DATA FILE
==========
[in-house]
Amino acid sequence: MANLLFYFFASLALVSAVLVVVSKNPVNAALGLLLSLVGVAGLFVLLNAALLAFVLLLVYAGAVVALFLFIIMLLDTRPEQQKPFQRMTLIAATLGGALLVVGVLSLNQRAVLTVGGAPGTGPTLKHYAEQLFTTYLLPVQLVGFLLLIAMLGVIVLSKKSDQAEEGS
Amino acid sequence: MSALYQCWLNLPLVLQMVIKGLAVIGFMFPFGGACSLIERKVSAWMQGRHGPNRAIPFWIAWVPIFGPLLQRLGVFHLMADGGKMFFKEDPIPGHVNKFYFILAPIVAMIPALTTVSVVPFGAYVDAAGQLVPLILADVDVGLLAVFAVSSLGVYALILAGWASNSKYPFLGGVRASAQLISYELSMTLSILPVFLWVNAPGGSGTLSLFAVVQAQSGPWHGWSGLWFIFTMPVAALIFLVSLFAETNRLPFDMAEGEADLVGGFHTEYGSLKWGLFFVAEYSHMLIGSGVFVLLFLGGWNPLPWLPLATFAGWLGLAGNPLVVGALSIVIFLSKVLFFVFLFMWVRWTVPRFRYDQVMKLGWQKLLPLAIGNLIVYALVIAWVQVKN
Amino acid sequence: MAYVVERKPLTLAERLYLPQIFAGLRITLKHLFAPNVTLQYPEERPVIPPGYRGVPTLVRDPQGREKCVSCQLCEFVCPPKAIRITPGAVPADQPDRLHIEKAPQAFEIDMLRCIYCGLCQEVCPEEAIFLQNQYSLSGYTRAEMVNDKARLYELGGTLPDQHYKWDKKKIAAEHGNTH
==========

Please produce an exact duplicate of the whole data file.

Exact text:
[in-house]
Amino acid sequence: MANLLFYFFASLALVSAVLVVVSKNPVNAALGLLLSLVGVAGLFVLLNAALLAFVLLLVYAGAVVALFLFIIMLLDTRPEQQKPFQRMTLIAATLGGALLVVGVLSLNQRAVLTVGGAPGTGPTLKHYAEQLFTTYLLPVQLVGFLLLIAMLGVIVLSKKSDQAEEGS
Amino acid sequence: MSALYQCWLNLPLVLQMVIKGLAVIGFMFPFGGACSLIERKVSAWMQGRHGPNRAIPFWIAWVPIFGPLLQRLGVFHLMADGGKMFFKEDPIPGHVNKFYFILAPIVAMIPALTTVSVVPFGAYVDAAGQLVPLILADVDVGLLAVFAVSSLGVYALILAGWASNSKYPFLGGVRASAQLISYELSMTLSILPVFLWVNAPGGSGTLSLFAVVQAQSGPWHGWSGLWFIFTMPVAALIFLVSLFAETNRLPFDMAEGEADLVGGFHTEYGSLKWGLFFVAEYSHMLIGSGVFVLLFLGGWNPLPWLPLATFAGWLGLAGNPLVVGALSIVIFLSKVLFFVFLFMWVRWTVPRFRYDQVMKLGWQKLLPLAIGNLIVYALVIAWVQVKN
Amino acid sequence: MAYVVERKPLTLAERLYLPQIFAGLRITLKHLFAPNVTLQYPEERPVIPPGYRGVPTLVRDPQGREKCVSCQLCEFVCPPKAIRITPGAVPADQPDRLHIEKAPQAFEIDMLRCIYCGLCQEVCPEEAIFLQNQYSLSGYTRAEMVNDKARLYELGGTLPDQHYKWDKKKIAAEHGNTH